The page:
"Psychologists have long observed that there is a continuum in what we perceive as natural or unnatural. As the psychologist Robert Sternberg wrote in 1982, the natural is what we find more familiar, while what we consider unnatural tends to be more novel—perceptually and experientially unfamiliar—and complex, meaning that more cognitive effort is required to understand it. The natural is seen as inherently positive; the unnatural is not. And anything that involves human manipulation is considered highly unnatural—like, say, G.M.O.s, even though genetically modified food already lines the shelves at grocery stores. As Michael Specter put it, “The history of agriculture is the history of humans breeding seeds and animals to produce traits we want in our crops and livestock.
       In a 2013 study, a group of Cornell University researchers found that how a food is labelled affects our perception of how it tastes, what its nutritional value is, and our willingness to pay for it. A hundred and fifteen shoppers at a local Ithaca mall were given three different food pairs. One item in each pair was labelled “organic” while the other was labelled “regular.” (In reality, the two items were identical, and both were organically produced.) The shoppers were then asked to rate the taste and the nutritional value of the products, as well as to guess at calorie counts and say how much they’d be willing to pay for each item. The researchers found that people's calorie estimates for the organic foods were consistently lower: an organic cookie, for example, was seen as approximately twenty-four per cent less caloric than a regular one. They thought the organic food tasted less artificial and was more nutritious over-all. They were also willing to pay somewhere between sixteen and twenty-three per cent more for the organic items. They were, essentially, experiencing something known as the halo effect, a phenomenon whereby one positive attribute of a person or thing colors other, unrelated characteristics in a positive light."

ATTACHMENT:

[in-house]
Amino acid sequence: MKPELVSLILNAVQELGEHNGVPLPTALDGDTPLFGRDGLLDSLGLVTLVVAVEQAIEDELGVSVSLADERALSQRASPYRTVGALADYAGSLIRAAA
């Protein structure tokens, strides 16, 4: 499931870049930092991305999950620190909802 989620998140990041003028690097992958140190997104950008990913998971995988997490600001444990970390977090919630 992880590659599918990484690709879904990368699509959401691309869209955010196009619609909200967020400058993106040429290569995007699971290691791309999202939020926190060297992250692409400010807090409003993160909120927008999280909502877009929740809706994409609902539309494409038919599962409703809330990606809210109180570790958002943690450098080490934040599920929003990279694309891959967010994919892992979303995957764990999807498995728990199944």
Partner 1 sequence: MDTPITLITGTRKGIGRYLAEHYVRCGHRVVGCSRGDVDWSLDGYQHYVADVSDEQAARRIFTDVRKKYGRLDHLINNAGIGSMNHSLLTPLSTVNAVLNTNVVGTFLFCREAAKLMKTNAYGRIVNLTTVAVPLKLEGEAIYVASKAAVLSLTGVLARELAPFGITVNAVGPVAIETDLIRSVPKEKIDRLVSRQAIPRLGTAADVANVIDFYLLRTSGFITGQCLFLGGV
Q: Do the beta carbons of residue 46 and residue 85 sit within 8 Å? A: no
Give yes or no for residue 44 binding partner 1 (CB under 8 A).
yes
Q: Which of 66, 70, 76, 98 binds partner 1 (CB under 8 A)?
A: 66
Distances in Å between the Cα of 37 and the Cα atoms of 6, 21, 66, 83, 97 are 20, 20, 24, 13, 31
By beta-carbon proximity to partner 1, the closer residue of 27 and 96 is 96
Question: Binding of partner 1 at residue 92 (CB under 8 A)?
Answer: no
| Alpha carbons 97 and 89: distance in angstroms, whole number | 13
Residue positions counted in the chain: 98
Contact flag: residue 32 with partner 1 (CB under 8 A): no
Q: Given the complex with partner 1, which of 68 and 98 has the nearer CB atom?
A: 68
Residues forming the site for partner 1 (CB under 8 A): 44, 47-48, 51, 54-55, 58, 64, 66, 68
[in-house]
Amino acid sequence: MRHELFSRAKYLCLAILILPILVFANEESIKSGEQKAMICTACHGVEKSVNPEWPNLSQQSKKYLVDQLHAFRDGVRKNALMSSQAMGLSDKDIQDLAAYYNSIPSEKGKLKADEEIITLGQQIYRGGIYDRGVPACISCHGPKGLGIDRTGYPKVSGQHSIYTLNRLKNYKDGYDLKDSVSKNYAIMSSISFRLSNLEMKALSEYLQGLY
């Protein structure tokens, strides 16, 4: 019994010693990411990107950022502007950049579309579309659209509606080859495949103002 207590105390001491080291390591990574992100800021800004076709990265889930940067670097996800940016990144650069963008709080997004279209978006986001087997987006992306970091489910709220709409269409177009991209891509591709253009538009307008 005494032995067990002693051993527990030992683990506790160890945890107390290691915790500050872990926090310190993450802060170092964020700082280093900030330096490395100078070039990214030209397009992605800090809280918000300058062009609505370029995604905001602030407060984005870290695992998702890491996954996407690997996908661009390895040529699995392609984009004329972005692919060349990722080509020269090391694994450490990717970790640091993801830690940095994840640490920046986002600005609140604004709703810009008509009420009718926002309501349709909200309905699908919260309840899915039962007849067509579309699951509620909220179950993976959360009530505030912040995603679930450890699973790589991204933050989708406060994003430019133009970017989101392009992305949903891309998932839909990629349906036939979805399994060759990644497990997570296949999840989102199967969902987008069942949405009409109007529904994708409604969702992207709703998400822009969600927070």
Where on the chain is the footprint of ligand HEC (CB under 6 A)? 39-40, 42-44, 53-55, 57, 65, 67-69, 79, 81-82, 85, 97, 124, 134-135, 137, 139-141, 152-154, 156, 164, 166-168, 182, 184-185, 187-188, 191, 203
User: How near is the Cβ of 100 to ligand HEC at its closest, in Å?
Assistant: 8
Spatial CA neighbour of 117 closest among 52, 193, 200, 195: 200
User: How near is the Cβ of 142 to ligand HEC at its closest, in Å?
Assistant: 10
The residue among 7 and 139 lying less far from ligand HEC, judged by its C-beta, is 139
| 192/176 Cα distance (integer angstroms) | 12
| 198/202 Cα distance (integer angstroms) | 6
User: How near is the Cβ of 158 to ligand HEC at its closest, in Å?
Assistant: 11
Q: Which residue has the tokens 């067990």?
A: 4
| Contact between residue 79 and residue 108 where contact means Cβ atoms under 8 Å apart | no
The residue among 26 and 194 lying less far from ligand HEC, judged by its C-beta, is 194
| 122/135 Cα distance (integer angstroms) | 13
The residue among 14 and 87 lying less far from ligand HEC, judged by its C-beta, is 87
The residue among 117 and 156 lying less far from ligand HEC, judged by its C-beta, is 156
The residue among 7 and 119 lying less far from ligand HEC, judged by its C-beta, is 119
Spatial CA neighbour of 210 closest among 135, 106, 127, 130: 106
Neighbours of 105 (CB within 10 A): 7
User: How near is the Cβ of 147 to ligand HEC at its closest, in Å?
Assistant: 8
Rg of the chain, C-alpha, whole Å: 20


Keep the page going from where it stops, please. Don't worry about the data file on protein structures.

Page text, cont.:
We are rich beyond belief in comparison to the timeline of human history.  We are so rich we can battle for every human life against whatever odds.  And we use extraordinary feats of science and human imagination to do so.  Many of us have witnessed this firsthand and are changed by our experience.  It is not immoral to believe we owe this same effort and ingenuity to food production: the best utilization and preservation of the limited arable productive land, soil, and water on this earth.  Human nutrition and human health are intertwined; any given two hours of television infomercials can tell you that.  

Indeed, we humans tend to fear what we don't comprehend....except for when we need to be healed, and accept what we don't understand without a peep because there is no alternative.  When it comes to science, its time to realize a double standard has been constructed and recognize we cannot afford it.  

Off my soapbox.  There is a whole trunkful of groceries to unload for a summer feast to celebrate the first birthday of the little boy who spent his first two weeks in the NICU. 

Let's party!